Failure to slow down infections could be “disastrous,” said Dr. Howard Njoo, the deputy public health administrator. He said that some of the worst projections show that 30 to 70 percent of Canadians could be infected – a figure previously cited by Federal Health Minister Patty Hajdu – and that Canadians must “flatten the curve” of infection in order hospitals should not be inundated with sick patients who need critical care such as ventilators.


“The really difficult message to Canadians is that, in a variety of scenarios, this health care system is not well designed to deal with it if we do nothing about it now,” said Tam.

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“Even if you look at some of the lowest attack rates (how fast the virus spreads), it’s not something we want to see. “

In a later teleconference, Ontario’s Chief Medical Officer of Health, Dr. David Williams, explained that small changes in the rate of infection at the start of a pandemic can make huge differences in deaths. and expected infections.

“We want to be a little more specific than that,” he said. “It means that when we get more data and move up the curve a bit, we can get more accurate projections.

“What worries the Prime Minister is … you can confuse people if you jump between the numbers.”

“We prefer not to confuse the public, but we want to plan … stay tuned.”

There are already signs that health care systems across the country are under stress. The Premier of Quebec, François Legault, warned this week that the province could run out of medical supplies in a few days. In Ontario, Premier Ford created a $ 50 million fund to help companies move production to medical supplies. He warned that there is now “very little separation between us” and the serious impacts seen in Italy and Spain, two of the most affected countries where the virus has killed a total of more than 22,000 people, according to data compiled by Johns Hopkins University.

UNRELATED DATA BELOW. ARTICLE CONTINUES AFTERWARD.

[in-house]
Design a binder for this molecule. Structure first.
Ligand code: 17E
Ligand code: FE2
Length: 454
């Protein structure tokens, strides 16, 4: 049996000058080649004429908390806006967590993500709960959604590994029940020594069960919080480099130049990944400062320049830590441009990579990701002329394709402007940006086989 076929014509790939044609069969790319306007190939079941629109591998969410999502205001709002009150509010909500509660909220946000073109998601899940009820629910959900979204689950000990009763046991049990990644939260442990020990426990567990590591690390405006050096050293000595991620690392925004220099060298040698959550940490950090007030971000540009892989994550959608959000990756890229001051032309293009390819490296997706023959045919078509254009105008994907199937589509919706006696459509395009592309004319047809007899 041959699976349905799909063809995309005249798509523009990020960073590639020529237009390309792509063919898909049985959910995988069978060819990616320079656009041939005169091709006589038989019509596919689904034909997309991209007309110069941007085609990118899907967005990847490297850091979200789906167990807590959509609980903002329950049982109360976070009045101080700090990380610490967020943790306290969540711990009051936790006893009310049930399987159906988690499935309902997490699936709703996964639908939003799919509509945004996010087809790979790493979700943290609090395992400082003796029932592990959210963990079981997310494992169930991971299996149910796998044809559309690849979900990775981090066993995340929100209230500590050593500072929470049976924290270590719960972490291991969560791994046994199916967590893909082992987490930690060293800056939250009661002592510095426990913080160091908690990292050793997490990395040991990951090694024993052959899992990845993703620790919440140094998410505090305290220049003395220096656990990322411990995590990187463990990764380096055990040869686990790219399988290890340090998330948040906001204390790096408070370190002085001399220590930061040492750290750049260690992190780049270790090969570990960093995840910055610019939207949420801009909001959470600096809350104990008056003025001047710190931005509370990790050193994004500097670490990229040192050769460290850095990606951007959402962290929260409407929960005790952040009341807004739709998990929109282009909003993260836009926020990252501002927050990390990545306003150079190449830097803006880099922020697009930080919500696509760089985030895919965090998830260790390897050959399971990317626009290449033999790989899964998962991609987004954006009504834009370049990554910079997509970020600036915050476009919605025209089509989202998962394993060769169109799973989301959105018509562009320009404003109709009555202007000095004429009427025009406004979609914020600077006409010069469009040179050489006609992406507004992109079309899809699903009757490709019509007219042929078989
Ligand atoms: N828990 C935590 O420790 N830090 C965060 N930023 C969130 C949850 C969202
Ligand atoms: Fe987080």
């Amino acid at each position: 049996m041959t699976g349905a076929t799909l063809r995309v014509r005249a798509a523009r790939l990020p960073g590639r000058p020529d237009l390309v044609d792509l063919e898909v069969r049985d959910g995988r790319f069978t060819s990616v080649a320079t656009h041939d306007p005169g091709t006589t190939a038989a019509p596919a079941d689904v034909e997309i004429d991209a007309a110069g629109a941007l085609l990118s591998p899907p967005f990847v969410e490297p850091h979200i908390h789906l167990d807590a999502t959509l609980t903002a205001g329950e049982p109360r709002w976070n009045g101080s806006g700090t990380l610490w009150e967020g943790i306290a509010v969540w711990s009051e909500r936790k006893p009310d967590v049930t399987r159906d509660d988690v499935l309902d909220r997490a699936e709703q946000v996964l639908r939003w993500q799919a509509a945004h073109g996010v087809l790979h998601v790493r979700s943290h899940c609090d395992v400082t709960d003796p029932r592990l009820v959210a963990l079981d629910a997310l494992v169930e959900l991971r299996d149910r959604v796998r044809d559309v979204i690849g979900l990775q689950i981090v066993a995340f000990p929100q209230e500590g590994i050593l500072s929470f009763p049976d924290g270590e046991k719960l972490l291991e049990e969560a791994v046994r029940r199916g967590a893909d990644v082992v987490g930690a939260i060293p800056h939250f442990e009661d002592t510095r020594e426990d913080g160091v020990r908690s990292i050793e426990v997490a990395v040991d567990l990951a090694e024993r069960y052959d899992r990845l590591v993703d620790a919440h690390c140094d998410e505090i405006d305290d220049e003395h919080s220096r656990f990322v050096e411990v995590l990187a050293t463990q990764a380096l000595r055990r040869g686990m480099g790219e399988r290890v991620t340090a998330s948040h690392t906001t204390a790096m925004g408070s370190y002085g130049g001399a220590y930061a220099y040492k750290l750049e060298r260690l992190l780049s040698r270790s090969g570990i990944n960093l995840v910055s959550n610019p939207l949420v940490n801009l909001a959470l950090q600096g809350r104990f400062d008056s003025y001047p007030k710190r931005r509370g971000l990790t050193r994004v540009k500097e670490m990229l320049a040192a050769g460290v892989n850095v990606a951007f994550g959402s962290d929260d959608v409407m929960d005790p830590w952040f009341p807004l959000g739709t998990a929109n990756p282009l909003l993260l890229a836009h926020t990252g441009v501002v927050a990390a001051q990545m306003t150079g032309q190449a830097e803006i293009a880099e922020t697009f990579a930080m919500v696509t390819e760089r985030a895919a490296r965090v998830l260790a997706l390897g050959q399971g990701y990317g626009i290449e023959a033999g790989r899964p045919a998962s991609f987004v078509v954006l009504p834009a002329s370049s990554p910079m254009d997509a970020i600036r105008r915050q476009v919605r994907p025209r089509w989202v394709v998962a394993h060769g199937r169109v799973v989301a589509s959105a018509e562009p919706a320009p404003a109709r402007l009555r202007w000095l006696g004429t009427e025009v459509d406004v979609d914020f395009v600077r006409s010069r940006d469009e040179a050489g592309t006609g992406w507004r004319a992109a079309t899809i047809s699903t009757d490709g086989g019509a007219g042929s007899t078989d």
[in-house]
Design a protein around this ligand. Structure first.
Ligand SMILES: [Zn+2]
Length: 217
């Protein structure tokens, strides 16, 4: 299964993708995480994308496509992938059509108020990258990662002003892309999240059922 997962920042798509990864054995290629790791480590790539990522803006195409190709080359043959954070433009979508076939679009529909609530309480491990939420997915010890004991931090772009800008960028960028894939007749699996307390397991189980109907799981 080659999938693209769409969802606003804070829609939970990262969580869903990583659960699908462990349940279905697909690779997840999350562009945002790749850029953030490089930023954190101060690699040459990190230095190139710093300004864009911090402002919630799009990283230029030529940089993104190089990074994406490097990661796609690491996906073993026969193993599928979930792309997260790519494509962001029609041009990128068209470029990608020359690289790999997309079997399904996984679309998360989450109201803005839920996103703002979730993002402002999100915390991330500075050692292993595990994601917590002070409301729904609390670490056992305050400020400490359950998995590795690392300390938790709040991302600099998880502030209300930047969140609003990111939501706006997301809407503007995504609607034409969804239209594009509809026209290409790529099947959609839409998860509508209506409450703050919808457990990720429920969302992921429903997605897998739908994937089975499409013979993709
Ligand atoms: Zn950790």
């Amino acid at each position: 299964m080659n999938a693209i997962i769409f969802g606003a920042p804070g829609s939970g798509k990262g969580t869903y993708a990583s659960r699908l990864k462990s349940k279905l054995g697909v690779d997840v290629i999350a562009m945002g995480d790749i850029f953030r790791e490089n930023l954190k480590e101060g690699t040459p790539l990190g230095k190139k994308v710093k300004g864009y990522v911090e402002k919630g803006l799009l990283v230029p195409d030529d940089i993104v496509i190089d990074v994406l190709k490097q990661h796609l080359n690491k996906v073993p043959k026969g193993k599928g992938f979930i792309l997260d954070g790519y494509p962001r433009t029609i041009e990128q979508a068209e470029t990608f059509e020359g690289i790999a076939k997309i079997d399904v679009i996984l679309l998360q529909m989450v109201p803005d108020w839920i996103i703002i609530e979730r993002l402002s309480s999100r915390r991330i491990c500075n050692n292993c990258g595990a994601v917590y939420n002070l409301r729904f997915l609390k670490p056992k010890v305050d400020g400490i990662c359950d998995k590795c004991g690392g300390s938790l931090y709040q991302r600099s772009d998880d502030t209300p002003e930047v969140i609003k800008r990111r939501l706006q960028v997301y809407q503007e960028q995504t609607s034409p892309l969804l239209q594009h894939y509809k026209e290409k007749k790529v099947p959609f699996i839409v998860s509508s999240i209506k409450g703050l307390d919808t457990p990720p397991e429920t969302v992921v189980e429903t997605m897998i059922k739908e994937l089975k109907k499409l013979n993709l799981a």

“Thousands of lives are at stake,” said Ford.

In a statement Wednesday, the Ontario Hospital Association said he is “extremely concerned that many Ontario hospitals lack personal protective equipment, especially masks” worn by medical personnel.

Hajdu said Wednesday that the federal supply of medical supplies was “probably” not enough for Canada’s needs during the pandemic, blaming “decades” of government underfunding to prepare for a crisis like the one the world is facing right now.

Hajdu said that is why Canadian businesses must move on to mass production of the necessary supplies. The federal government said this week that it is spending $ 2 billion on wholesale purchases of supplies on the world market, including surgical masks, COVID-19 test kits and respirators. The money also goes to orders from Canadian companies that are increasing production of these health care supplies.

The federal government has already ordered 157 million new surgical masks, 60 million heavier N95 masks and plans to acquire 4,000 more ventilators in addition to the 5,000 in Canadian hospitals.

Despite this, Tam predicted that “some very difficult decisions” may be necessary as to who gets the resources and when, as the virus continues to spread in Canada.

“At the end of the day, our neighbor’s life depends on how seriously we take it, because at the end of the day, our health system cannot cope with a surge,” said Hajdu.

“Canadians play a very important role in keeping their neighbor, their loved one, their relative alive.”

With files from Jennifer Pagliaro and David Rider

Alex Ballingall
Rob Ferguson